I love these languid days between Christmas and the New Year, when we take the leave that we have saved all year. After the riot and bustle of family festivities, the house settles back with a sigh, and we have time to relax together, catching up on reading and long leisurely walks through the countryside.
We celebrated Christmas at home, with our family staying for a long weekend; lovely to fill the house. For a couple of days before they arrived, I spent the first days of my holidays upon handmade gifts, left rather later than intended, and the seasonal whirl of planning, shopping and baking. I sewed a quilted patchwork knitting needle roll and cotton canvas shopping bag for my mum, and a small shoulder bag for my sister from a soft corduroy decorated with lovebirds and lined with purple cotton.
These completed, my attentions turned to the seasonal baking. Shortcrust pastry was mixed and rested, then rolled and cut out, pushed into pie tins and filled with homemade mincemeat. More mincemeat was pressed between layers of oat, spelt flour, butter and sugar and baked before cutting into tasty squares. A Swedish gingerbread recipe was made, rested overnight in the fridge, and cut into reindeer/elk shapes and baked for family and friends.
King of the Hill made the most wonderful Christmas pudding ice cream, which incorporated a basic custard and some of the homemade mincemeat macerated in a sweet sherry, to produce a wonderfully smooth and light ice cream that tasted of Christmas pudding – not to mention rather alcoholic. Our traditional cheese and onion rolls (from a Delia Smith Christmas recipe) which comprise a lovely cheese, onion and breadcrumb filling that oozes from layers of flaky pastry were baked and dispatched.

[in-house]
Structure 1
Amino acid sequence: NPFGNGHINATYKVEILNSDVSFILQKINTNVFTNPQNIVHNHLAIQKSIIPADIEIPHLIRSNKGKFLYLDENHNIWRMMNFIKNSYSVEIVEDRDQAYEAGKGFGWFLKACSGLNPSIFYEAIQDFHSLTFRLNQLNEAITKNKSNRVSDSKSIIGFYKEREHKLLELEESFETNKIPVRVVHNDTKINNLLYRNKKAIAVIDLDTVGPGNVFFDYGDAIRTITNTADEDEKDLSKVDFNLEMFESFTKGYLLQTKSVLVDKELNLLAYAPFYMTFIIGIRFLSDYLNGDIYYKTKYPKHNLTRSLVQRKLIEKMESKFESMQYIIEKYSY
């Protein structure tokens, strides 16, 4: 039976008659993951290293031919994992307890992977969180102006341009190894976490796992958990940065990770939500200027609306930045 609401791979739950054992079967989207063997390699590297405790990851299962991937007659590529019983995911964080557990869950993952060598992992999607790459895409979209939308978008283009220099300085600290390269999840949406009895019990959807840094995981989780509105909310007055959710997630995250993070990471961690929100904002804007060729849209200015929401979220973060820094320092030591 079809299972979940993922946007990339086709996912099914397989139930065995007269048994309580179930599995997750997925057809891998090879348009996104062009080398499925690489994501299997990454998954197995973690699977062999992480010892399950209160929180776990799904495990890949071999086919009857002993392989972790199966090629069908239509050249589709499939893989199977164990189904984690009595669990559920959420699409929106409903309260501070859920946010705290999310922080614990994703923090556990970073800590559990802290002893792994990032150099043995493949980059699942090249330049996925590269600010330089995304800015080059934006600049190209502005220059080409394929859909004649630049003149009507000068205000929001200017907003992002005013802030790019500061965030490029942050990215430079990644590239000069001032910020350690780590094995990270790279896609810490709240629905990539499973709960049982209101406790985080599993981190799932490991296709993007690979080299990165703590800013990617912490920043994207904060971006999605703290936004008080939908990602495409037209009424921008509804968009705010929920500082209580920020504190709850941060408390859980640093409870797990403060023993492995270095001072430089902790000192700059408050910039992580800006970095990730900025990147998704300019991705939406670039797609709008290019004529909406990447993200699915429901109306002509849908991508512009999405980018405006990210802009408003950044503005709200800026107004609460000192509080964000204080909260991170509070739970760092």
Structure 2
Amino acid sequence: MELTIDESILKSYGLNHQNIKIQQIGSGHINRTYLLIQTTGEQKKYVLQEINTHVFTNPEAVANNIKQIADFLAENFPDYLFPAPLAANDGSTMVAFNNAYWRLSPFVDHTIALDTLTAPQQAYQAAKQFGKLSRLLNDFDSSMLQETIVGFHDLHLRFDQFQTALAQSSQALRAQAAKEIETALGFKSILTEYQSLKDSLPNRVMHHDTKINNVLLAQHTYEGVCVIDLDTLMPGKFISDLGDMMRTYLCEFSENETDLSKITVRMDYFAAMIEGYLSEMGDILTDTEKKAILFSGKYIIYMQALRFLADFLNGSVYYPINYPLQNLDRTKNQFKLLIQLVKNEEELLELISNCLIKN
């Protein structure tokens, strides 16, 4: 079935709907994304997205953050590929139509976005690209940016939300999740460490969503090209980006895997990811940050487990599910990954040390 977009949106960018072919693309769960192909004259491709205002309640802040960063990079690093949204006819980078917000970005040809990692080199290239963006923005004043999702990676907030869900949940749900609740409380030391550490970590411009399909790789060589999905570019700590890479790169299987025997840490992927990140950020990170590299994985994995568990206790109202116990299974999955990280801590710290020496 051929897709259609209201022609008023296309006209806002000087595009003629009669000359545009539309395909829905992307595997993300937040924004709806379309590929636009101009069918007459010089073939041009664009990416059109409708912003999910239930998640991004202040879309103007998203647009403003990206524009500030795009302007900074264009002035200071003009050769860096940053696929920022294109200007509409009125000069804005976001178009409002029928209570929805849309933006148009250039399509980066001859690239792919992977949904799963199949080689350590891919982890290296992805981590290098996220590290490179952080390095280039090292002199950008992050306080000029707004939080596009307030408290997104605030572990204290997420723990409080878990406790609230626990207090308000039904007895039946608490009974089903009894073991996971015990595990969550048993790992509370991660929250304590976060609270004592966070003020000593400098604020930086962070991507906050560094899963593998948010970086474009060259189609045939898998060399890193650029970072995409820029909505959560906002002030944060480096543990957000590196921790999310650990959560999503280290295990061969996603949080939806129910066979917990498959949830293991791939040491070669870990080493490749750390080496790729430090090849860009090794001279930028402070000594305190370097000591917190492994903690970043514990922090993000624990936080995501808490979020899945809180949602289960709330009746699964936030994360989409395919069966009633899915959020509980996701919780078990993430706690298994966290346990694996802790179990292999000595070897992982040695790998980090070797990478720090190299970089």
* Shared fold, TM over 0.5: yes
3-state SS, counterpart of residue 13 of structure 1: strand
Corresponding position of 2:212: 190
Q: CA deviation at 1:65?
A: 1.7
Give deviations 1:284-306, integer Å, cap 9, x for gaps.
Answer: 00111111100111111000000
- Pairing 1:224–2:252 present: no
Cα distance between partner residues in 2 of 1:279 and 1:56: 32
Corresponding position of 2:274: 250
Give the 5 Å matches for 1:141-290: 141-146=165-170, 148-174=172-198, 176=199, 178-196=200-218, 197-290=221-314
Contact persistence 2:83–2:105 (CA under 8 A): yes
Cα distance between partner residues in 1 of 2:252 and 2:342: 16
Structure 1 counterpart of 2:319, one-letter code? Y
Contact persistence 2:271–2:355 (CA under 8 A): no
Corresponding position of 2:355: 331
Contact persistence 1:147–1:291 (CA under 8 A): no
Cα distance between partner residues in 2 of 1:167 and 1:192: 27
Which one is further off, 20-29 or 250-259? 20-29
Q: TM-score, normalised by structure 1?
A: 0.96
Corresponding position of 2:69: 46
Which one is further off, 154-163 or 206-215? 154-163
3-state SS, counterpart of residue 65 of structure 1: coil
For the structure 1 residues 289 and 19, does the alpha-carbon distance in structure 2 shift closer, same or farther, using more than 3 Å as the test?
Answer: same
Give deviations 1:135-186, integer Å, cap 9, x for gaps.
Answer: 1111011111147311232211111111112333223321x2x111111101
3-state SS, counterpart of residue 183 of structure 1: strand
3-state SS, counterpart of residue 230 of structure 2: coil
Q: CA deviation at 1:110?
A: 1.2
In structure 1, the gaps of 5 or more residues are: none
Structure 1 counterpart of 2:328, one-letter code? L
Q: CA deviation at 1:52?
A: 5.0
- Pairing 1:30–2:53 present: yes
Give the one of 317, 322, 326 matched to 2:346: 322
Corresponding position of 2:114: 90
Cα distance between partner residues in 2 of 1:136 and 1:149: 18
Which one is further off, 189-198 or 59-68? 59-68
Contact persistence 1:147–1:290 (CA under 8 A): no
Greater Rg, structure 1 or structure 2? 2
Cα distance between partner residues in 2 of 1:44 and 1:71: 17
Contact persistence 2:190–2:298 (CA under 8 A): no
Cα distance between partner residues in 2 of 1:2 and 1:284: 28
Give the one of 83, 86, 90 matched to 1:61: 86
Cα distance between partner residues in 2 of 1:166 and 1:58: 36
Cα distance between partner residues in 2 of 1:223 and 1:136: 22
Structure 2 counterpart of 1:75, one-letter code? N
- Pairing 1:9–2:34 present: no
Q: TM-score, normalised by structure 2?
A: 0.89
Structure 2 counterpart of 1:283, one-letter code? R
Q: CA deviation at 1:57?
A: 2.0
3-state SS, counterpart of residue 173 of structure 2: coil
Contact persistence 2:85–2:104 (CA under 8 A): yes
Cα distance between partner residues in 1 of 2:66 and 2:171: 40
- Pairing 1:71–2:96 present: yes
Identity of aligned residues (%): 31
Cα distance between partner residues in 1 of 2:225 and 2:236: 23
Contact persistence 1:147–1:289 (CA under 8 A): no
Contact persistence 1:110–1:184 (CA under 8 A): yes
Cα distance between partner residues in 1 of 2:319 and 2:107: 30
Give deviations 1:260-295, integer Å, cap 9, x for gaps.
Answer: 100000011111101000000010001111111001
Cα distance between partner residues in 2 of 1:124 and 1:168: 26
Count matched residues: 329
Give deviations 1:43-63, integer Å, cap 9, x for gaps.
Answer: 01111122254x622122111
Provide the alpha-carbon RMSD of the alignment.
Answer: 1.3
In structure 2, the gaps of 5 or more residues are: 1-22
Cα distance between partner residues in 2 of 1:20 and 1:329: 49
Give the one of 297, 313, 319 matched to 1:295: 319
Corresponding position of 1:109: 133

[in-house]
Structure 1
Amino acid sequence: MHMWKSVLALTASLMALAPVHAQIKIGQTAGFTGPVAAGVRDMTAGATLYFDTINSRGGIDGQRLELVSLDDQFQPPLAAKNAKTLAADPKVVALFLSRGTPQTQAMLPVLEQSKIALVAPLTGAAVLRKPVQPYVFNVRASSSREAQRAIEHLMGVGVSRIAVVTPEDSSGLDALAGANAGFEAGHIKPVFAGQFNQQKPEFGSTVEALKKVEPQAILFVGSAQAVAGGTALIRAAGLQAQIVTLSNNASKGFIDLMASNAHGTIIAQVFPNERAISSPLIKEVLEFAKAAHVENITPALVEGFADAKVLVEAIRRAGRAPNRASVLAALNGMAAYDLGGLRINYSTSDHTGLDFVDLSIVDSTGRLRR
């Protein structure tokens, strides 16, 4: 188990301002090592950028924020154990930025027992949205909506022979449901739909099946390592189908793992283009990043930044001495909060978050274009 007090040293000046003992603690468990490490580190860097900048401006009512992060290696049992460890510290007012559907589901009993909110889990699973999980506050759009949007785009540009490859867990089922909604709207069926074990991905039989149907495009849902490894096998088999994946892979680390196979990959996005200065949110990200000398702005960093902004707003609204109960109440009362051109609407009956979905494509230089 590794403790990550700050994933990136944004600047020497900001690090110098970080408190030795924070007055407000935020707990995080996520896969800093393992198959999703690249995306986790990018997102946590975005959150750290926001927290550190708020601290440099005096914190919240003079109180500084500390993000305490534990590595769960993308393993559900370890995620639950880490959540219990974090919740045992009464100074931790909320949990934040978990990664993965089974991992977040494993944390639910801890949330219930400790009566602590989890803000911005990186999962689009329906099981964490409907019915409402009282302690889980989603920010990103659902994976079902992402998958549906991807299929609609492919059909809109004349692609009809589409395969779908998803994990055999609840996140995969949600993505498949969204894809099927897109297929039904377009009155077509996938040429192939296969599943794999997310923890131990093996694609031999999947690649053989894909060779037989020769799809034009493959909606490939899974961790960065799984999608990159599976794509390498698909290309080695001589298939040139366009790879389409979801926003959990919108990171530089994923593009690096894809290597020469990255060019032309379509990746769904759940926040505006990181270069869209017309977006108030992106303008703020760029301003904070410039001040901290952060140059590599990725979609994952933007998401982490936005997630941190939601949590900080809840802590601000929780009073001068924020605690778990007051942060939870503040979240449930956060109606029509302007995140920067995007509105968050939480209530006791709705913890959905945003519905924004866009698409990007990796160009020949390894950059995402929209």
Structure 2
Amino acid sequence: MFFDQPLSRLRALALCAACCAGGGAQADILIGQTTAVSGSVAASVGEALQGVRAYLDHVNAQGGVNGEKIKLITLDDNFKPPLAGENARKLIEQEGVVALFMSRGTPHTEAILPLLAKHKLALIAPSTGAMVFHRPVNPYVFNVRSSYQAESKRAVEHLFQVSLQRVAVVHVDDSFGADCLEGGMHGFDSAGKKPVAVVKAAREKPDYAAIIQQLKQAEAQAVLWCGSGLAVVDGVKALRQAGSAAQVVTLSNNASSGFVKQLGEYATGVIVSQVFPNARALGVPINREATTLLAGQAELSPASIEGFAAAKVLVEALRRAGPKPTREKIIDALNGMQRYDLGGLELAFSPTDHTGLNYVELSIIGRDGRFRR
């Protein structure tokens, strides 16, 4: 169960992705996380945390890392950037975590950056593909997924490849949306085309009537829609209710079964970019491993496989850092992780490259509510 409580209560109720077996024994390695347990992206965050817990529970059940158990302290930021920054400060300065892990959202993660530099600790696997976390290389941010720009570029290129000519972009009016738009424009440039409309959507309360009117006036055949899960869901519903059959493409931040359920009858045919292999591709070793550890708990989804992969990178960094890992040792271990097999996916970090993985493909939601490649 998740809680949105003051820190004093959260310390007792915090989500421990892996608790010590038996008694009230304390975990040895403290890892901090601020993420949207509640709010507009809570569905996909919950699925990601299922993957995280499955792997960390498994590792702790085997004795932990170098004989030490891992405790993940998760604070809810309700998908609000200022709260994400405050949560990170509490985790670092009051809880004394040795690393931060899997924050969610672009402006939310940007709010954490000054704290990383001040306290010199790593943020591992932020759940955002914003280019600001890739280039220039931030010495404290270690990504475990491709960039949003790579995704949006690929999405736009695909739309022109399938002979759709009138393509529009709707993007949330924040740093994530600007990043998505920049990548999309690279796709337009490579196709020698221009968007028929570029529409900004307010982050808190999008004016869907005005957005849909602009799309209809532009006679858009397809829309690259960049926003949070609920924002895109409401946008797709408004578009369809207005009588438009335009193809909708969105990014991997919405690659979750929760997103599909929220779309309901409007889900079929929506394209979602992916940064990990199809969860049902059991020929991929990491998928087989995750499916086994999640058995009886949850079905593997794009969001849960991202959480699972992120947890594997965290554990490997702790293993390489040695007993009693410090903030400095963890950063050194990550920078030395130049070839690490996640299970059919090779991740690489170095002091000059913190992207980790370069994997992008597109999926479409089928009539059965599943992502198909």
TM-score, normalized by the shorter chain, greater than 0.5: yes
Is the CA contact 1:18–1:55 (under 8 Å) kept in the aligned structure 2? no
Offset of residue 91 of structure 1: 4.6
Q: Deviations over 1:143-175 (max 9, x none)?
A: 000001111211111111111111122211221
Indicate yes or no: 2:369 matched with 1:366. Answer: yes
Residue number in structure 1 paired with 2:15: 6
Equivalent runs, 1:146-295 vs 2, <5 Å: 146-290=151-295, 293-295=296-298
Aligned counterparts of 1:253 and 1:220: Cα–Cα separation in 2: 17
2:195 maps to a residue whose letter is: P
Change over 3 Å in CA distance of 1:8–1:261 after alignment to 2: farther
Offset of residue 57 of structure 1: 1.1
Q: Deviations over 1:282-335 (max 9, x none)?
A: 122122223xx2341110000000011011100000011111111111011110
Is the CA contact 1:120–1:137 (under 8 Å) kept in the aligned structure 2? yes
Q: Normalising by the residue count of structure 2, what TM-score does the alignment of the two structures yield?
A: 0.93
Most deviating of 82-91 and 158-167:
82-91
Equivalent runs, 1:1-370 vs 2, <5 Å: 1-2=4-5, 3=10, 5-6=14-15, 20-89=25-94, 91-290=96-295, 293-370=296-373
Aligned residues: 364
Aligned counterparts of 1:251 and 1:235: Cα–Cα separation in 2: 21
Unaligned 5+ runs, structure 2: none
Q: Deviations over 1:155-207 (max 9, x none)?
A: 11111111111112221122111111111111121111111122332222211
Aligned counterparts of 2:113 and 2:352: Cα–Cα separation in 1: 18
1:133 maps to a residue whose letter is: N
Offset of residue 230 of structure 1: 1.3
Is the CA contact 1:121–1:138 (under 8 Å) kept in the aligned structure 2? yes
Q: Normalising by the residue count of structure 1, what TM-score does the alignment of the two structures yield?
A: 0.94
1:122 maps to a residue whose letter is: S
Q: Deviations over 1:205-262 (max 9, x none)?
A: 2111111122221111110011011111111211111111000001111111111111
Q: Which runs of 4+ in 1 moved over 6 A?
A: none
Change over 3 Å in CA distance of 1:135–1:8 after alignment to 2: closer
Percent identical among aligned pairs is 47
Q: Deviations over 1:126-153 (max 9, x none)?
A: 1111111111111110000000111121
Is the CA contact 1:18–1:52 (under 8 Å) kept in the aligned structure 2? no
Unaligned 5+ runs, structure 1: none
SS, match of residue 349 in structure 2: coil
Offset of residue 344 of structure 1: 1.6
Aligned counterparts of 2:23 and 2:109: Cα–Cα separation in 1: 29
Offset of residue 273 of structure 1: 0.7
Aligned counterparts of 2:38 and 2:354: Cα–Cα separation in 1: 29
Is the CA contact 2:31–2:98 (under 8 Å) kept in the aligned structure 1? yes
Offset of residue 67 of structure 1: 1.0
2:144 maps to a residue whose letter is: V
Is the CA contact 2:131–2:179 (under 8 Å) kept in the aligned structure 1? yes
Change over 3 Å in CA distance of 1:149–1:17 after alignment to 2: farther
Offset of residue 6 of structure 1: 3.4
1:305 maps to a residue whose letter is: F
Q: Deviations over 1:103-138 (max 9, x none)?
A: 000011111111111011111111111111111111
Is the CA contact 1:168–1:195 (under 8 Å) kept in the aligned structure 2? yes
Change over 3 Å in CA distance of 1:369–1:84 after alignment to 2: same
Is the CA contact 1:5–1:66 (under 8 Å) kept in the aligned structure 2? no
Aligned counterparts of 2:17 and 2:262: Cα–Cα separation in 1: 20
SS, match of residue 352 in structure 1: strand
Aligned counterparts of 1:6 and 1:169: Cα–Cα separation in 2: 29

With all this baking complete, we cooked a traditional Christmas turkey with all the trimmings, including a new stuffing recipe from Jamie Oliver which used pork shoulder, and kept everybody topped up with wine, beer, cheese and an array of pickles and cold meats.
On Boxing Day we walked down into the village, where a few traditional events take place at the ford, culminating in a barbecue provided by the local inn beneath their covered garden, before strolling back up the hill as the light faded.
We hosted a small party for friends a few days after the family had left, mulling more wine, baking more mince pies and cheese rolls, making a sloe gin jelly in a fatless sponge flan case that my mother in law made and showcasing more of the Christmas pudding ice cream.
After so much feasting, it would be easier for us to roll down into the village than walk! I suspect that next week will bring the usual drastic cut in dietary intake to recover from such an excess of richness, but it has all been rather enjoyable. If you want me, I’ll be lying under the Christmas tree poring over Val Bourne’s Colour in The Garden, a gift which is proving to be a very enjoyable read.
Wet and windy weather means that visits to the garden have been fleeting, and mostly in search of kindling or logs, but I did notice today that a few seedlings of Anthriscus sylvestris ‘Ravenswing’ that I sowed early last summer have emerged in their pot outside the greenhouse, another lovely burst of promise to come.
I hope that you all had a wonderful Christmas, and are enjoying the last days of the year, whether working or relaxing.